September 1, 2003 DNR News (803) 734-3950
DNR PLANS BOATING SAFETY PATROLS FOR LONG LABOR DAY 2003 WEEKEND
Boating safety enforcement patrols from the S.C. Department of Natural Resources will be out in full force this long Labor Day 2003 holiday weekend.
The Labor Day holiday weekend is considered the last blast of summer and one of the busiest weekends of the year on state waters. Boaters need to be aware that as of 12 noon on Aug. 19, 2003 the maximum allowable blood alcohol count for watercraft operators was lowered from .10 to .08. This new level will be enforced on all the waters of South Carolina, and violators will be charged for boating under the influence under Sec. 50-21-114 of the S.C. Code of Laws.
"We'll be on the water this week and boating safety laws will be strictly enforced," according to Col. J. Alvin Wright, deputy director of the S.C. Department of Natural Resources (DNR) Law Enforcement Division. "We urge all boaters and water sports enthusiasts to be safety conscious over the Labor Day holiday weekend, use lifesaving equipment, don't drink alcohol while operating a boat, obey the law and stay aware at all times of others in and around the water. Remember to wear your lifejacket while boating and enjoying water sports. Life jackets save lives."
Already this year, 24 people have died in 100 reported boating accidents in South Carolina, and several swimming fatalities have been reported to DNR. In all of last year (2002), 14 people died in 130 boating accidents on state waters.
Obeying boating laws and rules should keep most boaters safe and out of trouble:
State law requires boating safety training for anyone younger than 16 who wants to operate a boat or personal watercraft with an engine 15-horsepower or greater without being accompanied by an adult. For questions concerning this requirement or boater education courses contact, DNR's Boating Education offices at 1-800-277-4301, (803) 734-3995 in Columbia or (843) 953-9302 in Charleston.
Any person younger than 12 in a boat less than 16 feet long, must wear a Coast Guard-approved personal flotation device. Anyone on a personal watercraft, including Jet Skis, Sea-Doos, WaveRunners and others, must wear a Coast Guard-approved flotation device; they cannot be operated after sunset or before sunrise; and they must be equipped with self-circling or lanyard-type engine cutoffs. No vessel may operate in excess of idle speed within 50 feet of an anchored vessel, dock, pier or person in the water, or within 100 yards of the Atlantic Ocean coastline. No one may jump the wake of another vessel within 200 feet of the vessel creating the wake.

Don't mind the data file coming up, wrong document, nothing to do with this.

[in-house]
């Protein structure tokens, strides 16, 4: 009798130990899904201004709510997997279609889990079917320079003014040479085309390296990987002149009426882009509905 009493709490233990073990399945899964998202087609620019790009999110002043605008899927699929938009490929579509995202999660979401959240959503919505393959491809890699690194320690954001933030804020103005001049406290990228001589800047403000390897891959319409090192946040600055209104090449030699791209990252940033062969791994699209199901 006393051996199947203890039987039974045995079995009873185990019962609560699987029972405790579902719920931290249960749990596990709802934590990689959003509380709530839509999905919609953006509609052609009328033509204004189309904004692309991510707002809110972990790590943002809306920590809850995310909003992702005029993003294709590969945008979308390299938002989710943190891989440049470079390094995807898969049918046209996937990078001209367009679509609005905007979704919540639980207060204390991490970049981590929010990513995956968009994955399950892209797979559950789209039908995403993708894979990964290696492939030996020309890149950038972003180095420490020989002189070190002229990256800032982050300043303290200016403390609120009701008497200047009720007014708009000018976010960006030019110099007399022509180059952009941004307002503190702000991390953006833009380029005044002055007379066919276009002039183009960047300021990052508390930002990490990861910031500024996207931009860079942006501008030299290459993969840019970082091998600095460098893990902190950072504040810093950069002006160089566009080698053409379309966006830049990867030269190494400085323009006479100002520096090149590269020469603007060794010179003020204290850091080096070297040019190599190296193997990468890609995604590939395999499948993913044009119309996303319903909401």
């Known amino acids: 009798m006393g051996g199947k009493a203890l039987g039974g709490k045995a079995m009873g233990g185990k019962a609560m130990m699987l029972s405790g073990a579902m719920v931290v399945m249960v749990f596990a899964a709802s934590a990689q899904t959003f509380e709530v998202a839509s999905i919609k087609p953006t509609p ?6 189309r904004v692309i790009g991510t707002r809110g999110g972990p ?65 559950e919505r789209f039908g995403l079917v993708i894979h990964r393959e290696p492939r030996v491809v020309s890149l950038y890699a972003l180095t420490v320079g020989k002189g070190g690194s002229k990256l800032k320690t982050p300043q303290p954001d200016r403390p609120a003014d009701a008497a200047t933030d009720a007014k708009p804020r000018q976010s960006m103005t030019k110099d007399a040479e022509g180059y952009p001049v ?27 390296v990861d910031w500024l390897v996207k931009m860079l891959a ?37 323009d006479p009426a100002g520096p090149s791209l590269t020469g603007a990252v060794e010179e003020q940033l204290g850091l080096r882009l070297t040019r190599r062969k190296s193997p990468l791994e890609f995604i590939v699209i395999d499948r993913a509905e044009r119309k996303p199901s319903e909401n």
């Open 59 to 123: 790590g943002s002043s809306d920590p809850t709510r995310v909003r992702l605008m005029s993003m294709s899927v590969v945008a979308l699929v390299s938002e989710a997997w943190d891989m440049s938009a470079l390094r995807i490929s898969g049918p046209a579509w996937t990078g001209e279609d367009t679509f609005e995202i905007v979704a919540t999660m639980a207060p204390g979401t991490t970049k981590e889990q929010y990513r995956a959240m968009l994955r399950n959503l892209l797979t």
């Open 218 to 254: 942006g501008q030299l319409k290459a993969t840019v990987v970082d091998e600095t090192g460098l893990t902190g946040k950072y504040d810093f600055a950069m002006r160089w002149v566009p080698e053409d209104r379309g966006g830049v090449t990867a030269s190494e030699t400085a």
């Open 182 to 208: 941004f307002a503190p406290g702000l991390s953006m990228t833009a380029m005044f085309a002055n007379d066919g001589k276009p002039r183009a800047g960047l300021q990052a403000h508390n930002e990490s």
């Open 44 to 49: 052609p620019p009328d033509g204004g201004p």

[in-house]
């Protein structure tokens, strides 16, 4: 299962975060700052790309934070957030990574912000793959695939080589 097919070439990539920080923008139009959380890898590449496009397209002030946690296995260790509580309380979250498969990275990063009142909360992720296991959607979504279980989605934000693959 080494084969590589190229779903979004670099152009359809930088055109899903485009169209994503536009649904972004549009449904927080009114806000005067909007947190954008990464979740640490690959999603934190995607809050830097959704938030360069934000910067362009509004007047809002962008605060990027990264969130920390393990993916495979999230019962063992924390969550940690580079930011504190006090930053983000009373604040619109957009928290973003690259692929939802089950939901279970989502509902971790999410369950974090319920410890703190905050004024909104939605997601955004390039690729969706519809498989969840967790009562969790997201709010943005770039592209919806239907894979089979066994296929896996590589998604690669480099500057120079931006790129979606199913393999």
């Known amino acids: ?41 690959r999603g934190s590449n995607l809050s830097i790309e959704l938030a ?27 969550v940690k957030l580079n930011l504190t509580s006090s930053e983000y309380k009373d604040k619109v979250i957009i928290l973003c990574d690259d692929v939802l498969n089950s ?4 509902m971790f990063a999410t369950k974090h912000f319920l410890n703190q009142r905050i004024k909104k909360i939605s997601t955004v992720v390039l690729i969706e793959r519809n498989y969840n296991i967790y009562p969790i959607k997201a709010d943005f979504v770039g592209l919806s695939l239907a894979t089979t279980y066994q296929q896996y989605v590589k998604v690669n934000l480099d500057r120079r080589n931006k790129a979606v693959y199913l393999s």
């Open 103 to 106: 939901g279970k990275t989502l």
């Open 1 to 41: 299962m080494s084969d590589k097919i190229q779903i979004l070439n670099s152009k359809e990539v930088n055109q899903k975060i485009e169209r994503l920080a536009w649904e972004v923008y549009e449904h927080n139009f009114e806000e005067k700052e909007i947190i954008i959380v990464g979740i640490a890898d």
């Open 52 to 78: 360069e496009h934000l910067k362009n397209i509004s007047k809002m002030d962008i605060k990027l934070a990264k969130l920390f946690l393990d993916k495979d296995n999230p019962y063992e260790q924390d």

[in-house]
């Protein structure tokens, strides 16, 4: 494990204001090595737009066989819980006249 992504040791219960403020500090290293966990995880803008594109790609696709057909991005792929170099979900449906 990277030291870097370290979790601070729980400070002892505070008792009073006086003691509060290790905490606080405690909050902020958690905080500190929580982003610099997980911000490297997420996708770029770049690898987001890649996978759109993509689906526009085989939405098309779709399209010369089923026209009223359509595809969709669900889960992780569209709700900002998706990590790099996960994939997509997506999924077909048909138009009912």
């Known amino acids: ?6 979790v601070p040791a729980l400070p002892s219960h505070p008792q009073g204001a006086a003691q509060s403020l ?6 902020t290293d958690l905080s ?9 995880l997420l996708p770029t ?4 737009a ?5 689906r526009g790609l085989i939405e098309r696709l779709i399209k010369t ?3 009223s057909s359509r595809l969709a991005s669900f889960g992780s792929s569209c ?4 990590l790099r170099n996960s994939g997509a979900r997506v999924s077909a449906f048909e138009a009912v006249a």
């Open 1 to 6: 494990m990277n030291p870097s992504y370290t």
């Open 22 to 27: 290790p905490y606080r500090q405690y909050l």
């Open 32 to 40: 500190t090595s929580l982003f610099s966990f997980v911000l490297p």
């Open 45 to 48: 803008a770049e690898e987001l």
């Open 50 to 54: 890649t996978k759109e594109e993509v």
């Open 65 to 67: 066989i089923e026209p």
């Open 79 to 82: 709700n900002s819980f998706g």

When towing a water skier or person on a floating device, a boat must have an observer onboard or the vessel must be equipped with wide-angled mirrors. A sound-producing device, such as a horn or whistle, is required on all boats. Fire extinguishers are required on most boats.
It is against the law, and extremely dangerous, to operate a boat while under the influence of drugs or alcohol. In South Carolina, individuals involved in an accident that causes a death or serious injury face an implied consent alcohol test and serious penalties with a maximum of 10 years imprisonment and $25,000 fine. When a operator of a water device's Blood Alcohol Count (BAC) is eight one-hundredths of one percent (.08) or more by weight of alcohol in the person's blood, this fact creates an inference that the person was under the influence of alcohol. On the water, the effects of alcohol or drugs are magnified by the elements of sun, wind and wave action. Alcohol also impairs coordination of arm and leg movements, slows response to emergency situations and makes it difficult for boat operators to scan the horizon. Having a designated operator when boating will save lives and prevent accidents.
Boat operators are also reminded that wearable personal floatation devices (PFDs or life jackets) are required for each person onboard. On boats 16 feet and longer throwable devices, such as flotation cushions, are required in addition to wearable devices. Life jackets must properly fit each individual, whether child or adult, and be serviceable without tears, holes or other damage or wear that would decrease the effectiveness of the device. More than 90 percent of all boating fatalities could be prevented with the proper use of life jackets.
Boating accidents resulting in the loss of life, loss of consciousness, personal injury requiring medical treatment or property damage in excess of $500 must be reported to the Department of Natural Resources. Failure to report an accident can result in a maximum fine of $100 for each violation.
Report boating accidents or emergencies to the DNR toll-free, 24-hour hotline at 1-800-922-5431. This number can also be used to report boating violations such as reckless operation or an intoxicated boat operator.
For a copy of South Carolina's Boating Regulations, to find out about local boating safety courses or to obtain a free float plan form contact the DNR Boating Safety Office at 1-800-277-4301; (843) 953-9302 in Charleston or (803) 734-3995 in Columbia, or visit the DNR Web site at www.dnr.state.sc.us/etc/boating.html .
-Written by G. Michael Willis -
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